Corn and soybean acreages are down but average farm price for each commodity is up.
During a recent webinar, Will Maples, Mississippi State University Extension assistant professor in agricultural economics, presented a row crop market outlook focusing on both the nation's overall numbers as well as zeroing in on Mississippi's crop outlook.
The National Agriculture Statistics Service June acreage report shows the first acreage numbers compared with the prospective planting report that came out in March.
"In March, the National Agriculture Statistics Services (NASS) surveyed farmers about what they intended on planting this year, and in June, they surveyed farmers again about what they actually planted," Maples said. "The corn acreage is the main topic of interest. Corn back in March was estimated at 97 million acres, but in June, the report showed a 5 million-acre drop from the original prediction.
"In Mississippi, we saw a drop from 710,000 acres to 550,000 acres, most likely due to the wet planting conditions. Meanwhile, soybeans stayed relatively the same nationally from the March to June report. In Mississippi, we picked up some acreage in soybeans, probably from the corn acreage we didn't get planted in time."
Cotton acreage dropped from 13.7 million acres to 12.1 nationwide.
"In Mississippi, we saw a drop in cotton from 660,000 acres to 520,000 acres. Cotton acreage decreased the most in Texas," he said.
"Rice and peanuts stayed fairly the same nationally, but peanuts picked up about 5,000 acres in Mississippi from the March report."
Corn was originally estimated to have one of the highest planting years in the U.S. This begs the question: Where did the 5 million acres go if not planted in corn?
"We're not sure where the 5 million acres of corn went because it didn't go to soybeans since soybean acreage didn't change much," Maples said. "We will likely have to see what the preventative planting numbers are coming out of the 2020 planting season."
Marketing years vary depending on the crop. For rice, the marketing year is August to July. Corn, soybeans, and sorghum are September to August, and wheat is June to May.
"The new World Agricultural Supply and Demand Estimates (WASDE) came out July 10. All the numbers represent the different marketing periods for each crop," Maples said. "For instance, the story with cotton, on the supply side, was the decrease in acreage. This dropped the U.S. production forecast for this 2020-2021 marketing year from 19.5 million bales to 17.5 million bales, thus dropping total supply.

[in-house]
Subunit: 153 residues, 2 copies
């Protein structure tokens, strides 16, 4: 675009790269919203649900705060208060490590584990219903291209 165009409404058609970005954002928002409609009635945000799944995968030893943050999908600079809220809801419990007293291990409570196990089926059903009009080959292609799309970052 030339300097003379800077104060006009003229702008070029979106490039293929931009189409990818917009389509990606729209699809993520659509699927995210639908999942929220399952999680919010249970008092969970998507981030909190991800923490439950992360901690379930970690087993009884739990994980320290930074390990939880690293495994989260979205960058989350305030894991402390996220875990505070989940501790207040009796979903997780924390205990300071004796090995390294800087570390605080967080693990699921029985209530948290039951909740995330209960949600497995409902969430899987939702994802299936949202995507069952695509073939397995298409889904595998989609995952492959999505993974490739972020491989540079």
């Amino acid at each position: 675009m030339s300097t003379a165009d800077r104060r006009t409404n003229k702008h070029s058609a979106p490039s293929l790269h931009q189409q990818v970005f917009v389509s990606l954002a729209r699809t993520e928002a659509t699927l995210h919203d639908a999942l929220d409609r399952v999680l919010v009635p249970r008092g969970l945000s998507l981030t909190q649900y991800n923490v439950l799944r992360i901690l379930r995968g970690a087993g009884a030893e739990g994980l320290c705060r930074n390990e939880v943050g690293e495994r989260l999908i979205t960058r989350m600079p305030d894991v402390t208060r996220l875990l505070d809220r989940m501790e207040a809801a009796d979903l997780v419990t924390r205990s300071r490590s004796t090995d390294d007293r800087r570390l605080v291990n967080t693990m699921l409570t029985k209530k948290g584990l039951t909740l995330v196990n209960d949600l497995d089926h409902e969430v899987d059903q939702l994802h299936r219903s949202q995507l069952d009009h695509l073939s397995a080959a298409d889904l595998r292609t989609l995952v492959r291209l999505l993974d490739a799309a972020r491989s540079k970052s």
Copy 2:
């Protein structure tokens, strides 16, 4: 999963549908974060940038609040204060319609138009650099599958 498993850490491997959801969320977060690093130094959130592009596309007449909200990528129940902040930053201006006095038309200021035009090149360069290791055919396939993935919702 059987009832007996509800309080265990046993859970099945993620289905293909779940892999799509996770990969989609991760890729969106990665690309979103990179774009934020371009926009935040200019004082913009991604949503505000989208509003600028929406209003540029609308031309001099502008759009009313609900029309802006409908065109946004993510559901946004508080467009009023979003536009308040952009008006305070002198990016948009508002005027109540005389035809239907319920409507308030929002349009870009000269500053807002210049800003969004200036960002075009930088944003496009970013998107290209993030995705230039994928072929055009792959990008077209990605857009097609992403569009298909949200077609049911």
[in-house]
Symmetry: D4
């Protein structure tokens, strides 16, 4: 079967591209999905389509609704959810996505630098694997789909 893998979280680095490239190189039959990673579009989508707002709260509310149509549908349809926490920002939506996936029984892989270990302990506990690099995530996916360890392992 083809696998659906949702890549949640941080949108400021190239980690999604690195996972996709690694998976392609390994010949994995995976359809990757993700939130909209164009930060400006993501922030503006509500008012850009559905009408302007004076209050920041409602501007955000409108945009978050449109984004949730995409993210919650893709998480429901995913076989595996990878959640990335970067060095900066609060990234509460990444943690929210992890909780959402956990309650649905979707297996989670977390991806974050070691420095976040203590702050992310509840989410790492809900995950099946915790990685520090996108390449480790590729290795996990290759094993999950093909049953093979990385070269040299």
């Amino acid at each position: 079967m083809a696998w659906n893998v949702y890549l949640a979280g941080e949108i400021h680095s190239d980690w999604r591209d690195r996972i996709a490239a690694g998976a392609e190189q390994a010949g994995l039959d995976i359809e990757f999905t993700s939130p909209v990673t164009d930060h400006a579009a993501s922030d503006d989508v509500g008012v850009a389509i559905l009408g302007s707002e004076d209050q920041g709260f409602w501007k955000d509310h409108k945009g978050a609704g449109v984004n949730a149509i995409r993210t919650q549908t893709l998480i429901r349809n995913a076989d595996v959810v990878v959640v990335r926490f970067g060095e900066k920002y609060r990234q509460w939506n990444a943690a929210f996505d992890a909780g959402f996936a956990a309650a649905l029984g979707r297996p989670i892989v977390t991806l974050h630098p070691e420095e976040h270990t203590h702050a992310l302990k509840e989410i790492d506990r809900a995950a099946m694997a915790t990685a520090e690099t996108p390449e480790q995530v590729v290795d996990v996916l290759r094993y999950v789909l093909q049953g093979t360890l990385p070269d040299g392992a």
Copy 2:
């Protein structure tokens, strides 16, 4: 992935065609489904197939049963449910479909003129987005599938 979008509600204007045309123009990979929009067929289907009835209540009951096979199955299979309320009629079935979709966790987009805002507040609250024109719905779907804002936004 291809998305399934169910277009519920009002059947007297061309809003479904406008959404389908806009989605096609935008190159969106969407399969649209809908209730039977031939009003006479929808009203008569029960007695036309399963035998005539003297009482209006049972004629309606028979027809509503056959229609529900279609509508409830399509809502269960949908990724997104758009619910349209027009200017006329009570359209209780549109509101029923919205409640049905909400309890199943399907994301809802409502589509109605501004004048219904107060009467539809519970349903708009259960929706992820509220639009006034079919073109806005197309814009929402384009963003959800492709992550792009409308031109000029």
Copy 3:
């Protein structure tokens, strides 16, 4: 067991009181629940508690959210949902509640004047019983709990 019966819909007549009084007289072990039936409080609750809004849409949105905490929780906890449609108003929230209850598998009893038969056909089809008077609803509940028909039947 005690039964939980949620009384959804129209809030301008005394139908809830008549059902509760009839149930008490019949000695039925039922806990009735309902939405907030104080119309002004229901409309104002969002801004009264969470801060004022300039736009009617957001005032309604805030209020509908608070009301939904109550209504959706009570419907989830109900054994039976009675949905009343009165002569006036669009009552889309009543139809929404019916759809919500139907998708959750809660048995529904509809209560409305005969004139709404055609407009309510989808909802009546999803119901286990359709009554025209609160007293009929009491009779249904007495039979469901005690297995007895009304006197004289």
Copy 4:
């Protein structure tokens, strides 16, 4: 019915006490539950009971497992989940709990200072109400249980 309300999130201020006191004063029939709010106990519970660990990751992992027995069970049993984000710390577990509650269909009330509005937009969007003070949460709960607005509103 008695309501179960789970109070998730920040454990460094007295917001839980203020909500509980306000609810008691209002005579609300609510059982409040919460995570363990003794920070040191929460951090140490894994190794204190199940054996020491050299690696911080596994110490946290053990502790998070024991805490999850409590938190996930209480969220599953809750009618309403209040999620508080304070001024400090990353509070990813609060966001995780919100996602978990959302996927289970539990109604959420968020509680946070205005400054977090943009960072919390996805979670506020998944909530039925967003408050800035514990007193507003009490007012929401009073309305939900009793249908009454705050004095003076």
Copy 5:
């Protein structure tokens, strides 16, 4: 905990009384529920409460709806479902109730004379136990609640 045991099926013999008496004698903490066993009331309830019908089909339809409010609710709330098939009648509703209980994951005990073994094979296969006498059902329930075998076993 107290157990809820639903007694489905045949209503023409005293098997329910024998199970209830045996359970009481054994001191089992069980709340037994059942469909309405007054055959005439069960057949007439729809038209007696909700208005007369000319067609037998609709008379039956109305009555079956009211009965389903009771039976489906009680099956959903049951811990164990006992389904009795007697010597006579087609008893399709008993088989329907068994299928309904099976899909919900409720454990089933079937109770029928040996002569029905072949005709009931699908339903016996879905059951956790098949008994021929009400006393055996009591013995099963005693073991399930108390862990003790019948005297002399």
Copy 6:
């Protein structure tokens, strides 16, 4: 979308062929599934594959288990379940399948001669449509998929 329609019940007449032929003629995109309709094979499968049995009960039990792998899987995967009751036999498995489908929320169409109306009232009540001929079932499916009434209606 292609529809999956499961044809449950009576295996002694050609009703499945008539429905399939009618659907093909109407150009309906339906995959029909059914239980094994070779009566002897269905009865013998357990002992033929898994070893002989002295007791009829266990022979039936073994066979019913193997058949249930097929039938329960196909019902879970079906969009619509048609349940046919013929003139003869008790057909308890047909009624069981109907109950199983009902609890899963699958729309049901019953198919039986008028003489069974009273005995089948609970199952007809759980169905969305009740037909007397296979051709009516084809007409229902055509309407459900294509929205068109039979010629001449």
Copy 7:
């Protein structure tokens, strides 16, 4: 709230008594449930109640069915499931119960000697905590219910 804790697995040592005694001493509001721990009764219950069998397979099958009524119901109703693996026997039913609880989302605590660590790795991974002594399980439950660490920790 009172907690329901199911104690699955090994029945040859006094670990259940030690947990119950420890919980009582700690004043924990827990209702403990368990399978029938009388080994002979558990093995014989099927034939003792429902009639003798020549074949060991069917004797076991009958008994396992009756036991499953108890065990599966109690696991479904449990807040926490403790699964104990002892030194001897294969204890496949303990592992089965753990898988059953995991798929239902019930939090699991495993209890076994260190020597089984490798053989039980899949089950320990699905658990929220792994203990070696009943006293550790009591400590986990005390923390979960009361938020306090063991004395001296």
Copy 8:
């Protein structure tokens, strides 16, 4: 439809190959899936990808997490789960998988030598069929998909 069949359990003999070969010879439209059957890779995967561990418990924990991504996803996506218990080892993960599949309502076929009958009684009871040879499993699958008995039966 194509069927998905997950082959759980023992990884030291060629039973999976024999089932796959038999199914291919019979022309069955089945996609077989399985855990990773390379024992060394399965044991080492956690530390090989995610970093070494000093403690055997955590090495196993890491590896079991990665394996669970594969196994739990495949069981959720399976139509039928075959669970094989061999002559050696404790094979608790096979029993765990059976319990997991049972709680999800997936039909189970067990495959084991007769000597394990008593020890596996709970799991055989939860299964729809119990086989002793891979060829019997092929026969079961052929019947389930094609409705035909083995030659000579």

"Looking at consumption, exports took a hit, down from 16 million bales to 15 million, but these are still decent export numbers. It's not surprising to see them drop since this is based on the overall world economy, which is still sluggish due to the pandemic."
According to the WASDE report, ending stocks dropped to 6.8 million bales in the U.S. Stocks-to-use ratio is down a bit, and the average farm price is up to 59 cents.
Soybean and corn prices up
Soybeans planted acres didn't change much from last month's prospective planting report. The total supply is sitting at 4.7 billion bushels, and the total production didn't change much. The reports show 4.3 billion bushels in total consumption. Exports are up from last year to 2 billion bushels.
"Stocks, overall, are up slightly, and the average farm price went up to $8.50," Maples said. "When we talk about average farm price, remember, this is the average price a farmer receives throughout the whole marketing year, and it's weighted by how much is marketed at each time of the year. The more you sell at one point in the year it's weighted more. While I'm saying $8.50 soybean price, this is a national average for the whole year. In Mississippi, we usually do better in soybeans than the national average farm price."
The main aspect of the corn balance sheet out of the WASDE report is acreage decreased by 5 million.
"The total production is 15 billion bushels of corn, and the total supply is 17.2 billion bushels," he said. "Consumption for corn is sitting at 14.6 billion, up about a billion bushels from last year, and exports are up.
"Overall, there are 2.6 billion bushels of corn in ending stocks, 18% stocks-to-use ratio. The average farm price is up to $3.35. This is better than where we were at $3.20. It is still not a great average farm price for corn, but with this reduced acreage, we're seeing an increase in price.
"We're starting to get into a critical cycle for the corn growing season, so the weather is going to be our driving factor the next couple of months for where exactly this production might go and the effect on price."